The Republic of Hurt Sentiments, as journalist Mukund Padmanabhan called India, has many martyrs to faith: Sanal Edamaruku, forced to leave the country after he exposed the tears flowing from an icon of Jesus as drain-pipe leakage; cricket star Mahendra Dhoni prosecuted for an advertisement invoking the Hindu god Vishnu.
In general, these conflicts have not had gentle endings: Muslims have been killed by Hindus; Muslims have been murdered for offending Hindu beliefs; purported sacrilege and heresies have led to lynchings by Sikhs.
Faiths in conflict
The violence that erupted following the publication of Salman Rushdie’s The Satanic Verses in 1988 marked the globalisation of the blasphemy war. From anti-India riots in Kashmir, to the massacre of intellectuals in Turkey, the book came under sustained attack. The multiple jihadist strikes that followed the publication of purportedly blasphemous cartoons by The Jyllands-Posten in Denmark, and the 2015 slaughter in Paris sparked off by the satirical magazine Charlie Hebdo, built on this project.
Little imagination is needed to see why this happened. Across much of the developing world, religious nationalism had emerged as a powerful political ideology, to challenge authoritarian, venal regimes. The discourse over blasphemy, fundamentally, is a debate about political power—not religious belief.
Fragile nation-states responded by seeking to cloak themselves in the robes of the pious. In Pakistan, Islamists had been cultivated by the military to undermine democratic political parties. The religious Right, though, used the State’s purported tolerance of apostasy as a weapon against the establishment. The clerics succeeded in marching the country to the edge of theocratic abyss, riding the donkey cart the military had once recruited them to pull.
Saudi blogger Raif Badaai, jailed for insulting Islam, and Egyptian intellectual Ahmed Abdo Maher, sentenced for refuting classical theology, were persecuted by nation-states seeking to shore up their flagging legitimacy—not al-Qaeda or Islamic State jihadists.
India, through this period, witnessed its own blasphemy campaign. From 2014 to 2018, an official United States government study notes, India ranked fourth, behind Pakistan, Iran and Russia, for the number of religious-offence prosecutions it initiated. Instead of stilling religious tensions, scholar C.S. Adcock has noted, the law gave “strategic value to invoking or mobilising wounded religious feelings.”
Laws to curb hate speech, the argument goes, are necessary to keep the peace in societies with varied, but passionately held, belief systems. The argument’s proved deeply misguided.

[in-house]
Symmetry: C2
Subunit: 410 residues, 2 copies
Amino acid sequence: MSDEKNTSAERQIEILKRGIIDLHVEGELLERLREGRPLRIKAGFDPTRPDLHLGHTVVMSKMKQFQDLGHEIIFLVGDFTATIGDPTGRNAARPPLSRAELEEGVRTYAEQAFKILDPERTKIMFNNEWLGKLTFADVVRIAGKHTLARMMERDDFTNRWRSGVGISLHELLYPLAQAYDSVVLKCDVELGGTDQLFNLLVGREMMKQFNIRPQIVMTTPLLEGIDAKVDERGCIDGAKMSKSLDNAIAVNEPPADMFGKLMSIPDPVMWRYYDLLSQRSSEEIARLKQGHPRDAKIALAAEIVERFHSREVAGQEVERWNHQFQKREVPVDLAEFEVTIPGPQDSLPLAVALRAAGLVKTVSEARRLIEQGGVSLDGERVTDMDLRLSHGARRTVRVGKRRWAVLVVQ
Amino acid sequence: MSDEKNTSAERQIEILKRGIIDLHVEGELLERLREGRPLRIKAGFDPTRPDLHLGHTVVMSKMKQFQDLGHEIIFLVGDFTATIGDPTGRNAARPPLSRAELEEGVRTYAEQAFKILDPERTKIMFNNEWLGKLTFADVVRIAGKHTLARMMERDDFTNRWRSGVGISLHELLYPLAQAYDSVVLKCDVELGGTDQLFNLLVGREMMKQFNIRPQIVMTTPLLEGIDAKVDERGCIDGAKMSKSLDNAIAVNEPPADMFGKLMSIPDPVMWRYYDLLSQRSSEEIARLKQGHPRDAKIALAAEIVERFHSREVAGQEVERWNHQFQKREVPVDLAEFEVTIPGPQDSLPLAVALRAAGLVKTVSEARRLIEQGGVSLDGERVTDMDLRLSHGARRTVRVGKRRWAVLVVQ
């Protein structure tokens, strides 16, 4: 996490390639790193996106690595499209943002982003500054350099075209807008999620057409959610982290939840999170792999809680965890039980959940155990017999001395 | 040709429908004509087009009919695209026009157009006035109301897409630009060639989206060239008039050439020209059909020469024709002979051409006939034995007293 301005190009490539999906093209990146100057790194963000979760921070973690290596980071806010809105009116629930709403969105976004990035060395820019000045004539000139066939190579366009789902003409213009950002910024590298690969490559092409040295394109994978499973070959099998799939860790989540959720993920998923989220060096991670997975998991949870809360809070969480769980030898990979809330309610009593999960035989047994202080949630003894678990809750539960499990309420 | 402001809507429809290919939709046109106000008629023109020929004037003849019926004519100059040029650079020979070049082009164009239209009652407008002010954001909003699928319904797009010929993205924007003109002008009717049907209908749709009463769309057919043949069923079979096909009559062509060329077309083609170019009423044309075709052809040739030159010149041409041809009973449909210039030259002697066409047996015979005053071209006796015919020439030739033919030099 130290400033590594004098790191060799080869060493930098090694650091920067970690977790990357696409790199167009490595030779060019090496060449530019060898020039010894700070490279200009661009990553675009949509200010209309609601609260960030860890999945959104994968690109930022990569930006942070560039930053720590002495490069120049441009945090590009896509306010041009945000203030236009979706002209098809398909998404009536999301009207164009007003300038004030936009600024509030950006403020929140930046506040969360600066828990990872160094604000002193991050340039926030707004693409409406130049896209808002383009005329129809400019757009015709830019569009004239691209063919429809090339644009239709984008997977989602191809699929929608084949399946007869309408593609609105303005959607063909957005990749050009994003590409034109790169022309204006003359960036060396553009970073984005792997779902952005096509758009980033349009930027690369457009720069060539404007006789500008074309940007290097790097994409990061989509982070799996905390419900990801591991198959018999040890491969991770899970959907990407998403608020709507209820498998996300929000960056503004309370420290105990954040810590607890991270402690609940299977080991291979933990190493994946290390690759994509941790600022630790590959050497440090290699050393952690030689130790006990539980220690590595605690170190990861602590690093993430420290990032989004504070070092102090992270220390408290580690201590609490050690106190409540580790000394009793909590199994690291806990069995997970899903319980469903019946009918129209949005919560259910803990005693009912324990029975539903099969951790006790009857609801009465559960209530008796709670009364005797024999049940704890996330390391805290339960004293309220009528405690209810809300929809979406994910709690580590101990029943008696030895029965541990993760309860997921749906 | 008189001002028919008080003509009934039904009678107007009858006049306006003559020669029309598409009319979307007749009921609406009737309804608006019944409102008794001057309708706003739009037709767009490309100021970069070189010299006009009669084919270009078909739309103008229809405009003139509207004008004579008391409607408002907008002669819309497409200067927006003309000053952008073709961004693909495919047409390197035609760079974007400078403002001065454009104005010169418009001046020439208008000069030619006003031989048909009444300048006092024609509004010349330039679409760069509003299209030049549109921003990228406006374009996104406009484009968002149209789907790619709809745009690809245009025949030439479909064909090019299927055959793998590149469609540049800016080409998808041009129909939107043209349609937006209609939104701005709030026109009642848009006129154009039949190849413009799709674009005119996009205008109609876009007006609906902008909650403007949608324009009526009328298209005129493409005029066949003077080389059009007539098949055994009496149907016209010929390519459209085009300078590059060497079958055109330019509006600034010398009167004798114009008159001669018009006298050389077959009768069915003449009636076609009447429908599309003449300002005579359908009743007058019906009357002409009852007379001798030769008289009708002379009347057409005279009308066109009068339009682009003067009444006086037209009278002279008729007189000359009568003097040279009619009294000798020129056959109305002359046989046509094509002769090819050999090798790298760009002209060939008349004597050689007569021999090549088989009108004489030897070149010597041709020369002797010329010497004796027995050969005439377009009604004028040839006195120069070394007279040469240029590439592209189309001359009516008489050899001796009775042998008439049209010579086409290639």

Faith and democratic values
For one thing, as the philosopher Kenan Malik points out, “hate speech restriction has become a means not of addressing specific issues about intimidation or incitement, but of enforcing general social regulation.” Legal restrictions on speech elide over that deeper problem of large numbers of people finding contemptible ideas morally worthy. The Indian government might prosecute some hate speech—but this covers up the unwillingness to challenge the sentiments it expresses.
Importantly, hate-speech prosecutions haven’t ensured communal peace in India; they’ve engendered fear, censorship, and competitive mobilisation to control the State system. The law has deterred few religious chauvinists. Few professors, though, would risk teaching DN Jha’s The Myth of the Holy Cow or Wendy Doniger’s The Hindus, Maxime Rodinson’s Muhammad or Reza Aslan’s Zealot.
The Indian government’s action against hate speech might be geopolitically expedient, but it will feed a cycle of competitive religious-nationalist mobilisation. Hindu nationalists will seek to recover their hegemonic position, while Right-wing Muslims will increasingly reach out to the global religious community for support. The State and society will be mired in these competing, toxic currents.
Enlightenment philosophers laid the foundations for modern democracies by asserting that while human beings have rights, ideas do not. Gods, just like atheism, communism, capitalism or psycho-babble, must make their case.
Al-Ma’arri, centuries before the Europeans, invited us to consider a world where Gods might be able to take a little mocking—and, perhaps, take some of the criticism on board. The poet wasn’t an optimist, though. The human race, he wrote, was divided into two:
One, man intelligent without religion,
The second, religious without intellect.
The author is National Security Editor, ThePrint. He tweets @praveenswami. Views are personal.